Tuesday, 27 July 2010
An interim trading update indicates a rise in container volumes of up to 16 per cent at the 50 ports it operates around the world in the first half of 2010, compared with the same period last year. But the story varies at home and abroad.�
DP World, part of troubled government-owned conglomerate Dubai World, saw volumes fall eight per cent last year over 2008, but growth in Asia - especially China and Australia - is leading recovery in the first six months of this year."
Saad Trading Contracting and Financial Services Co.’s defenses that Abu Dhabi didn’t terminate the swap agreement on time or specify a bank account for payment were “hopeless,” Judge Michael Brindle ruled today in the High Court in London.
Saad defaulted when its credit rating was withdrawn in June 2009, Brindle said. The company, based in al-Khobar, Saudi Arabia, argued the default applied to other deals between the companies and not to the 2008 swap created for Saad to hedge against future currency fluctuations."
Net income rose 1 billion dirhams ($272 million) from 906.5 million dirhams a year earlier, the bank said in an e-mailed statement today. That exceeded the median estimate of five analysts for a profit of 920 million dirhams, according to Bloomberg data.
“These are a strong set of results in difficult markets reflecting the resilience and strength of the bank,” Chief Executive Officer Michael Tomalin said in the statement."
The Kuwait Stock Exchange Index gained 0.5 percent to 6,677.70, bringing the 5-day advance to 2.9 percent. The measure has lost 4.6 percent this year. Commercial Bank of Kuwait, the country’s second-biggest bank by market value, climbed the most in a week. Boubyan Bank, the Kuwaiti Islamic lender, also rose after posting a profit. The Bloomberg GCC 200 Index advanced 0.2 percent at 1:39 p.m. in Kuwait City.
“Company earnings are positive, boosting the market with liquidity,” said Jasem Al Zeraei, head of institutional sales at NBK capital in Kuwait. “There is more positive news from the government in the form of fiscal spending, spending on mega projects.”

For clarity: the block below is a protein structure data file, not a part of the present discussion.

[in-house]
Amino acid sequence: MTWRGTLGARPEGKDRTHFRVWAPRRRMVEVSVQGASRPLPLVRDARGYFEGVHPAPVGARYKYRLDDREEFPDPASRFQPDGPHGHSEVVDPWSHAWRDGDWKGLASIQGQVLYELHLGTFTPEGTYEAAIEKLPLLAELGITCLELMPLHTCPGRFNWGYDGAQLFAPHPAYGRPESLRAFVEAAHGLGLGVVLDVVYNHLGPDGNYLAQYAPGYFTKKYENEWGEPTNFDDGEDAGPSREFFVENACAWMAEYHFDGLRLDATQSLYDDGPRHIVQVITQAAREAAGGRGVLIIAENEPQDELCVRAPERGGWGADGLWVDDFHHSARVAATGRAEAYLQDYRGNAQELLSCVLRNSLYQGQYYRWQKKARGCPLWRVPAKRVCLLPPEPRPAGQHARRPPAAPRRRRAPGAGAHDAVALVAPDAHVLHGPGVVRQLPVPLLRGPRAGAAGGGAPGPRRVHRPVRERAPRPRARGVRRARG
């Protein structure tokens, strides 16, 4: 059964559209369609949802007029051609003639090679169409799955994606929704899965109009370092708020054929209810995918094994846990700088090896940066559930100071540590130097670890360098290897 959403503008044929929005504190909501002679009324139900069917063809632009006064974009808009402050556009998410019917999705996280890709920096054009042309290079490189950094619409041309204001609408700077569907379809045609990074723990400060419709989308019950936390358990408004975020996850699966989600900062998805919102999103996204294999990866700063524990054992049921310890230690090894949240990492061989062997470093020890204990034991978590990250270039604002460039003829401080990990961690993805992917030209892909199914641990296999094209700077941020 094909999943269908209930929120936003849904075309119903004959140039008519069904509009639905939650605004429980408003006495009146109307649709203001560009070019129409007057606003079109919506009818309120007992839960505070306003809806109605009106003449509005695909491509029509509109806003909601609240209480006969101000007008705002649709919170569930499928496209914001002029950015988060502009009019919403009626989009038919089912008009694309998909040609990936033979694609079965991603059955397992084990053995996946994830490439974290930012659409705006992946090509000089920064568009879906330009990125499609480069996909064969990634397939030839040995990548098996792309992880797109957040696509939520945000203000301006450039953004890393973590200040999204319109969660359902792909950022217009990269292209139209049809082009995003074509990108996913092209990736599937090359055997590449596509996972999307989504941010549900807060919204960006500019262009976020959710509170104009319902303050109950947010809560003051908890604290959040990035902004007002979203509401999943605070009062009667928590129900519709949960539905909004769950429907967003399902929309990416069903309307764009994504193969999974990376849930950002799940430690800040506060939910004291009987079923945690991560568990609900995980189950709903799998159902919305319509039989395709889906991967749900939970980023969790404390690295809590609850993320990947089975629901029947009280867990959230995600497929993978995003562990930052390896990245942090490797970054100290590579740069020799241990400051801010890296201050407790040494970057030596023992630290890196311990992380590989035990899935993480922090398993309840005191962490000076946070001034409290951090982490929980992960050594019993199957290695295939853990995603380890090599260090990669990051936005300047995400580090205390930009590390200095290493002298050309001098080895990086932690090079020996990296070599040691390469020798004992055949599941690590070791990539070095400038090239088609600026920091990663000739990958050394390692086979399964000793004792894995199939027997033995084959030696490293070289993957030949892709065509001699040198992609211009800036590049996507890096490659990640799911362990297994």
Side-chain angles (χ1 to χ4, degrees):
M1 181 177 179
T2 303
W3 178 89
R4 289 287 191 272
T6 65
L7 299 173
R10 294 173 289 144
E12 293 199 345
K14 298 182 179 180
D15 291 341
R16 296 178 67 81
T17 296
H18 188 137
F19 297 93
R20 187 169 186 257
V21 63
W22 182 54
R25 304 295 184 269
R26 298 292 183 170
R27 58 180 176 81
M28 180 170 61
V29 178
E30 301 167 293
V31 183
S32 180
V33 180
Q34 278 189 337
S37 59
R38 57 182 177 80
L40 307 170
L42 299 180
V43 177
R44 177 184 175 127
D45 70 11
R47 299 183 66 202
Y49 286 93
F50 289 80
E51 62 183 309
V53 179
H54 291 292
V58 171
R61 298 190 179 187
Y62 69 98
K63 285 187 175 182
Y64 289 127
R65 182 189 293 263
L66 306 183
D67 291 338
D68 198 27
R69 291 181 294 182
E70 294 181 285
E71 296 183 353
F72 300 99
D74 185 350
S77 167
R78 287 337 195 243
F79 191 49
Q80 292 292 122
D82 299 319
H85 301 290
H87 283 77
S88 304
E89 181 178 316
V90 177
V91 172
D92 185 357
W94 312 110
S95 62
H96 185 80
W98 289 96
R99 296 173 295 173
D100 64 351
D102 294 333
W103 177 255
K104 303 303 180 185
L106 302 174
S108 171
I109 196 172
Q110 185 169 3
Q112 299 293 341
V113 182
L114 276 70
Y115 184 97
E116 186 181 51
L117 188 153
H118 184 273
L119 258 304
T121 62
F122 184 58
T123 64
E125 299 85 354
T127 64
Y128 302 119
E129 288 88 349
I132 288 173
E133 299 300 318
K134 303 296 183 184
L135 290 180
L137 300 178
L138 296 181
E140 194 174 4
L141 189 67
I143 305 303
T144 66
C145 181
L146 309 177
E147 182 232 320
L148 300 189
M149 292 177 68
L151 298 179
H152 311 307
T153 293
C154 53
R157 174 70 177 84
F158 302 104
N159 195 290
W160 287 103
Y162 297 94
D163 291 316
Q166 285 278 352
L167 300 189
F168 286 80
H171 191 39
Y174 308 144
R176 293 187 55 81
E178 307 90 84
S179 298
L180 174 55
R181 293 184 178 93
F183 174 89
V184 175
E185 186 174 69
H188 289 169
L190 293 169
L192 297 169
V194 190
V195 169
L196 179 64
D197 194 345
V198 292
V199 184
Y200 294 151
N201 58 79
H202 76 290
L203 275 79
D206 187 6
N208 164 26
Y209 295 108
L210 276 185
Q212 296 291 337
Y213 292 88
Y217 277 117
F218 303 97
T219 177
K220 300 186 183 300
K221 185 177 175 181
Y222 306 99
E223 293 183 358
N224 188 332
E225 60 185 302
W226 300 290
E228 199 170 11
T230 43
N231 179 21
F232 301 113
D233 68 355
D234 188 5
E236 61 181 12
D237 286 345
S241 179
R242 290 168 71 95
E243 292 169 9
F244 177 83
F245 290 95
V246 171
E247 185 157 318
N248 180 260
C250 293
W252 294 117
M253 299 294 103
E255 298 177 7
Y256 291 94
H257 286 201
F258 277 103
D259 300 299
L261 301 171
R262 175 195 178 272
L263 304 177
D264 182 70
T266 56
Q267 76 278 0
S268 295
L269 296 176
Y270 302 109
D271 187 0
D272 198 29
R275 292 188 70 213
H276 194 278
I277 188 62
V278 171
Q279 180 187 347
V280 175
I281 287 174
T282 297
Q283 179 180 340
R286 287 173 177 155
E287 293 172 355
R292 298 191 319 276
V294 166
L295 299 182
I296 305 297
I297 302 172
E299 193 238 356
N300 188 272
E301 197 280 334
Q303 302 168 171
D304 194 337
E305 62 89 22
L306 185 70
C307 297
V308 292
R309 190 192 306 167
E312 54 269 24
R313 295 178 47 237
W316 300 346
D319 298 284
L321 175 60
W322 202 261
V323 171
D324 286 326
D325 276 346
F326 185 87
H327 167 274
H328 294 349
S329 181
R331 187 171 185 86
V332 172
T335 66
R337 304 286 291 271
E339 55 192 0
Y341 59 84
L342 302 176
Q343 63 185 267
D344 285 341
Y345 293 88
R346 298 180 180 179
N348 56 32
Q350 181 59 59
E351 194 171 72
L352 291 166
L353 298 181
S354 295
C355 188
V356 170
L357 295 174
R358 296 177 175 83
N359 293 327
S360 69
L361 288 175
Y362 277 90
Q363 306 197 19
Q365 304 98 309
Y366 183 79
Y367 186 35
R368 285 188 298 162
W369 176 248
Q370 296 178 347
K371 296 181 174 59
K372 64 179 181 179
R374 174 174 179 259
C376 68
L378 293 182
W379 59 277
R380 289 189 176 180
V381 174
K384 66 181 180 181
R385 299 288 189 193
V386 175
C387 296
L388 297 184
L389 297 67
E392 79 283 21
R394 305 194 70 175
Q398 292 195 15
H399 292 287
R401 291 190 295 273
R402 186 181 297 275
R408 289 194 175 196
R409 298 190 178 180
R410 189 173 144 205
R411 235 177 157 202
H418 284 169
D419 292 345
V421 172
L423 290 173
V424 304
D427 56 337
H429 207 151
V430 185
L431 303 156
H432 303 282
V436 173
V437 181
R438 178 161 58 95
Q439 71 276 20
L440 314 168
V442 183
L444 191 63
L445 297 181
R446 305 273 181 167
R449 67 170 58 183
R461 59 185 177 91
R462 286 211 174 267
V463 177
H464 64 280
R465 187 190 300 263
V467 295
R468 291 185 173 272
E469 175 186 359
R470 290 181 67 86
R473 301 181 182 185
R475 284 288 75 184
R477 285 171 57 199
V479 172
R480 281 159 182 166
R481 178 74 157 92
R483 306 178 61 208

Islamic Bank of Britain, the country's largest Shariah bank, was today bailed out by its largest shareholder Qatar.
Qatar International Investment Bank is injecting £20 million of fresh capital through an issue of two billion new shares at just 1p each.
IBB said that without the injection it would not be able “to continue operating as going concern”.
First half figures show Dubai airports handled 16.3 per cent more passengers than in the same period of last year, a total of 22.5 million people, and 26 per cent more cargo at 1.1 million tonnes.
These figures confirm the resurgence in air travel that has led the economic recovery in Dubai with tourism rather than business the biggest source of additional passengers.
More than 145 new flights were added from Dubai in the first half, with flydubai leading with 48 new weekly flights and Emirates adding 36, including Tokyo and Jakarta.
The bookshelves of Dr Habib Al Mulla’s Sheikh Zayed Road office are littered with photos. One shows Al Mulla with Sheikh Mohammed Bin Rashid Al Maktoum; another with former US president George W Bush; then snaps alongside Bill Clinton, Colin Powell and Al Gore. But the lawyer shows me the one of which he is clearly most proud. It’s his two-year-old granddaughter, up close and grinning.
“I want to enjoy my life, and my family,” he says, smiling. “I remember speaking once to a colleague, and he was retiring at the age of 55. He said ‘Listen, I’ve worked enough, I’ve made some money, and I have two choices – either spend it on enjoyment, or on my doctors’. I prefer to spend it on myself.”
No-one could possibly accuse Al Mulla of failing to earn his family time. One of the Gulf’s most prominent lawyers, the Harvard and Cambridge graduate has spent 26 years in private practice and government.
Emirates NBD, the UAE’s largest bank, plans to sell about Dh1 billion (US$272.2 million) of car loans to Japan.
The complex transaction effectively puts money in Emirates NBD coffers at a lower rate of interest than it could get in the market, Rick Pudner, the bank’s chief executive, said yesterday.
Finding financing for banks has become harder and more expensive during the financial crisis as capital markets have tightened, spurring large lenders to search for innovative new ways to raise money.
The plan would derail a competing plan by Almatis' debtor Oaktree aimed at taking control of Almatis, which has debts of $1 billion, from DIC.
A consortium of banks and debt investors would lend Almatis $600 million, while DIC would inject $100 million in cash under the plan, Almatis said on Monday."
Emirates NBD PJSC reported a worse- than-expected 53 percent decline in second-quarter profit as the United Arab Emirates’ biggest bank by assets set aside money to cover bad loans including exposure to state-owned Dubai World.
Net income dropped to 398.2 million dirhams ($108 million) from 852 million dirhams a year earlier, the Dubai government- controlled bank said in a statement to the bourse today. That fell short of the median estimate of four analysts for a profit of 614 million dirhams, according to data compiled by Bloomberg.
Emirates NBD raised general provisions for future loan impairments by 668 million dirhams in the second quarter, mainly to cover losses related to Dubai World, Chief Executive Officer Rick Pudner said in a conference call. Dubai World, which is delaying repayment of $14.4 billion of bank loans, is likely to complete the accord to restructure the debt by “about September, so we will know the specifics” of provisions then, he said.